BR young professionals group rebranding for first time since 1993 inception

For the first time since the organization’s inception 21 years ago, Forum 35 has introduced a new logo as part of a rebranding effort meant to reinvigorate membership as it looks for its next big project.

The young professionals organization got its start in 1993, with its first initiative being a fundraising effort to place lights on the Mississippi River bridge. The original Forum 35 logo, which featured a simplistic sketch of the bridge, memorialized that effort. The bridge is absent from the new logo, which does not include any images.

The new logo features stylized text in bold, capital letters, with a speech bubble in the center of the “O” in “FORUM.” Forum 35 Vice President of Membership Melissa Parmelee says the speech bubble symbolizes that all Forum 35 members have a voice within the organization and that the young professionals group has a voice in leading Baton Rouge into the future. See the old logo, and check out the new logo.

The new logo is intended to inspire the next generation of Forum 35 members, says the organization’s president, Eric Dexter.

“Going into the 21st year—into the next 10 to 20 years—we wanted to get something that could give us a spark,” Dexter says.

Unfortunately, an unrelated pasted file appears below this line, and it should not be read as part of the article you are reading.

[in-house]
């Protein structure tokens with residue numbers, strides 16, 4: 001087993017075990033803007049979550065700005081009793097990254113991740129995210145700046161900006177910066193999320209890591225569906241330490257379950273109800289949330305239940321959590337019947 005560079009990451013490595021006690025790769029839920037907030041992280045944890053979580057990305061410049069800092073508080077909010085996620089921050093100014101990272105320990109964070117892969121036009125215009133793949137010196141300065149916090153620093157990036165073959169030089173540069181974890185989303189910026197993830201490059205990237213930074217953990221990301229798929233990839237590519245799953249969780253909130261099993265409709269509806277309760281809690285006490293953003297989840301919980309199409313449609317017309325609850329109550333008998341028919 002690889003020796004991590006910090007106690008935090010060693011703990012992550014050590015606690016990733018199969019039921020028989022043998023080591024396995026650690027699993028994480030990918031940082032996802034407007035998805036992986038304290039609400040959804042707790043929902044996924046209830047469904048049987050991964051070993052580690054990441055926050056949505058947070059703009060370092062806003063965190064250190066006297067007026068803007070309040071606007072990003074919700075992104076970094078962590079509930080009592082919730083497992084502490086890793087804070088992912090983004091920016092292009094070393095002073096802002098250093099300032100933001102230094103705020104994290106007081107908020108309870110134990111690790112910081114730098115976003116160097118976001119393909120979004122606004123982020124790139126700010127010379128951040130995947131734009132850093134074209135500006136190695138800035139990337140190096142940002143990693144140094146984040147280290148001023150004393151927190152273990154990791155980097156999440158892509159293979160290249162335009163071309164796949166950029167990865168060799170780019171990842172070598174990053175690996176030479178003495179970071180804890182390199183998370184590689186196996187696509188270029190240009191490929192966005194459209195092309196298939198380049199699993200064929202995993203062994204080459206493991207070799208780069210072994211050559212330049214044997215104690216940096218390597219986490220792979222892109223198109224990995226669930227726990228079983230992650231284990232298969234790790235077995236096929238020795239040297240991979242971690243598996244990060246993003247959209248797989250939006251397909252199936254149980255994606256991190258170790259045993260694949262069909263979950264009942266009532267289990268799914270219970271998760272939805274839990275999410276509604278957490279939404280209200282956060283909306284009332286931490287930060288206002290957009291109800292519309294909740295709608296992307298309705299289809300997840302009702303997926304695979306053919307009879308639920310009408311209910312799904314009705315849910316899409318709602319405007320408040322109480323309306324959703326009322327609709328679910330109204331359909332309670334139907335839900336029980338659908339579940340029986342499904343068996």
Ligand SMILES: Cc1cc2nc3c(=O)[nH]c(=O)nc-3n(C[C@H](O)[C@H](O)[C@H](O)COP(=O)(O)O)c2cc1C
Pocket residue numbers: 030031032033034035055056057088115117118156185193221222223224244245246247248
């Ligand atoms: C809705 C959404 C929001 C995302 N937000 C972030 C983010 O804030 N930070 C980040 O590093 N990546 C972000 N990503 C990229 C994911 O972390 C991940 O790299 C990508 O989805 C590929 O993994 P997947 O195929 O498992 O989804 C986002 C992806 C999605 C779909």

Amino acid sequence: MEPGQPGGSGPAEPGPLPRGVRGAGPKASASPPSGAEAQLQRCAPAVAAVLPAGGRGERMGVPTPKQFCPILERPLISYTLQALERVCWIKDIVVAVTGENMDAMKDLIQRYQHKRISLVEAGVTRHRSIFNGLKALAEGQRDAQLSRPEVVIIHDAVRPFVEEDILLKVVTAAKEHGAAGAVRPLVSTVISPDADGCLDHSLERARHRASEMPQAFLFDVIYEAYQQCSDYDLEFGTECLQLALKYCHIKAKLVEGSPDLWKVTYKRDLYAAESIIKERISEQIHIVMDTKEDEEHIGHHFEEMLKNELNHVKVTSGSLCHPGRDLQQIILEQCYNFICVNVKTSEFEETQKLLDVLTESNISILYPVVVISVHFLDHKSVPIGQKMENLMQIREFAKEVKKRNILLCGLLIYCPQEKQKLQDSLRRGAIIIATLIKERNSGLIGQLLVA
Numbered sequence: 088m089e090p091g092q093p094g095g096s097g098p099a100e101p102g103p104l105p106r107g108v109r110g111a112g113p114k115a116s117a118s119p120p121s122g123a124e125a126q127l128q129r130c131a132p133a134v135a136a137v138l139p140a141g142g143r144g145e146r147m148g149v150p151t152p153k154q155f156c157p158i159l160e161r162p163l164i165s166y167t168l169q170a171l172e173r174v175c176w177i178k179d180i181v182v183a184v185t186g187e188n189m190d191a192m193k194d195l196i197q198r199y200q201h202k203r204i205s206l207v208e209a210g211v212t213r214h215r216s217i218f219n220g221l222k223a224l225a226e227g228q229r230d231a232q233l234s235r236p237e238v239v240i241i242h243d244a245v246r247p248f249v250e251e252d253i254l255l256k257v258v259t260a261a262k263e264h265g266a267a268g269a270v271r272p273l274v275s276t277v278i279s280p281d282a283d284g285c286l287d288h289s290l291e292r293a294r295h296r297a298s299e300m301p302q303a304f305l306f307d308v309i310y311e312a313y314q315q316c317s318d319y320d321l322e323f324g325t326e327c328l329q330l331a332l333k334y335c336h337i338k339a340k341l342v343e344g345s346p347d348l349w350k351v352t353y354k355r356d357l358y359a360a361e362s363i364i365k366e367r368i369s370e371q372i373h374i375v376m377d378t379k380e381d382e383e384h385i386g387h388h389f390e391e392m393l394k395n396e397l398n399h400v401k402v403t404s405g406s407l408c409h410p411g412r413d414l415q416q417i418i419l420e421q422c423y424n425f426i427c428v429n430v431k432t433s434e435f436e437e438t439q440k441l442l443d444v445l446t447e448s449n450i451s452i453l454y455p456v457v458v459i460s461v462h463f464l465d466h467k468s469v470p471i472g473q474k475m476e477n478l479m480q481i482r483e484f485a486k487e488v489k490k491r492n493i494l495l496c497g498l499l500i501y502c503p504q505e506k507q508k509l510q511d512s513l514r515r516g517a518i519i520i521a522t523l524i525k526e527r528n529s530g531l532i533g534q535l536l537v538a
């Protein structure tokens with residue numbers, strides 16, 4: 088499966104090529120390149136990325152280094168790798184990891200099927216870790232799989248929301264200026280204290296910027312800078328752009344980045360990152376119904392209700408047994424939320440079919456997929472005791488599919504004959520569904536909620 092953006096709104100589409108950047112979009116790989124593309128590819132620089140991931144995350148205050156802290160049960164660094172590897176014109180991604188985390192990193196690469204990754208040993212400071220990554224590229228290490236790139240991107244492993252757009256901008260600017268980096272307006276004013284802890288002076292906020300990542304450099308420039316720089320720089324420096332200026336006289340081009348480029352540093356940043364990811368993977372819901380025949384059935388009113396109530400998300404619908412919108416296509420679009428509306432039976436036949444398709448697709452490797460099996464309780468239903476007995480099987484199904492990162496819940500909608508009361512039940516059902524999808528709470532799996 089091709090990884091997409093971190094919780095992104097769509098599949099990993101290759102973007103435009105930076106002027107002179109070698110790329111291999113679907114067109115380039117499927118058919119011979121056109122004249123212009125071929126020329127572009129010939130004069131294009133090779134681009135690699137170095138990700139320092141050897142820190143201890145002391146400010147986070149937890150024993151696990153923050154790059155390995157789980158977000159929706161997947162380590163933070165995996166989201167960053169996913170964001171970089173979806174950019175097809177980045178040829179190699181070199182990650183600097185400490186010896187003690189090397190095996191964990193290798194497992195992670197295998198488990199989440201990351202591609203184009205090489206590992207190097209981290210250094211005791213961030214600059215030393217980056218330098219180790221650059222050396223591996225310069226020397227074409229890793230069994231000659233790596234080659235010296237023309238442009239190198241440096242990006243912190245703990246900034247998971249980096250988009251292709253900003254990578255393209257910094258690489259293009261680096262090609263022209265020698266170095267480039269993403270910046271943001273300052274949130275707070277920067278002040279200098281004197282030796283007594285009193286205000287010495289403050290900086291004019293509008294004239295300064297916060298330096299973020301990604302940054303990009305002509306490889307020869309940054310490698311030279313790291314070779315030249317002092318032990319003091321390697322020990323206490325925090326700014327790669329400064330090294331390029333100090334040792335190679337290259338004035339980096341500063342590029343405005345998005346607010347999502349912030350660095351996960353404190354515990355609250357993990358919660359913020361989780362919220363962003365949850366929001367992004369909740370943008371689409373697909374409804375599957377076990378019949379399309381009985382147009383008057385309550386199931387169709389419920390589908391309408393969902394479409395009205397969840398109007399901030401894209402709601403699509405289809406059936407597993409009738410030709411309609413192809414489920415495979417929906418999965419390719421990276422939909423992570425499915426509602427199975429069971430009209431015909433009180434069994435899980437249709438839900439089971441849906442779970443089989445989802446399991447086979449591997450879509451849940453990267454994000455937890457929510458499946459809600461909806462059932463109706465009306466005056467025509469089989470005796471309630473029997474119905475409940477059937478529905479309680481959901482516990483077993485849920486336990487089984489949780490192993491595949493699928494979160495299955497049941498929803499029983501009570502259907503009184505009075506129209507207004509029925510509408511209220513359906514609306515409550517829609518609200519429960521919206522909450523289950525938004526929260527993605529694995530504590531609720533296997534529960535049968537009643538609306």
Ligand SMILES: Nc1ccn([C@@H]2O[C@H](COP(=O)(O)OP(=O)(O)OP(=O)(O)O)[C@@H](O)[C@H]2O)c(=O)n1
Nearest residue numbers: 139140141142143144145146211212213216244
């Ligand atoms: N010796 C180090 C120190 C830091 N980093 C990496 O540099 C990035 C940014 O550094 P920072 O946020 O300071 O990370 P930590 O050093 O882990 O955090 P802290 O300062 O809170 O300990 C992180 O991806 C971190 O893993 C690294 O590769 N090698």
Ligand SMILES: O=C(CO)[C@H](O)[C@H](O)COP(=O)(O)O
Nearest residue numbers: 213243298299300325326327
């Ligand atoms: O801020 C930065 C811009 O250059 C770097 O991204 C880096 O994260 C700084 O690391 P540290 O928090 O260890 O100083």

One of the organization’s stumbling blocks, according to Parmelee, has been encouraging all of its members to take advantage of the opportunities it provides. More than 500 members pay yearly dues, Parmelee says, but many members aren’t getting involved in Forum 35 volunteer projects and social events.

Improving participation starts with better informing members about what’s going on, Parmelee says, which Forum 35 hopes to achieve through a website revamp. Forum 35 is also trying to better disperse responsibilities to give more members a stake in the organization by encouraging committee chairs to delegate more tasks to others.

“We’re still doing the same things, we’re just going to do them cleaner and clearer,” Parmelee says.

Dexter says Forum is actively pursuing its next landmark project, but in the meantime, it will continue to connect Baton Rouge’s youth to the city’s leadership.

“Baton Rouge is in a stage of development, and we can be a part of that development,” he says. “We can provide ideas and we can help carry out those plans.” —Kelly Connelly

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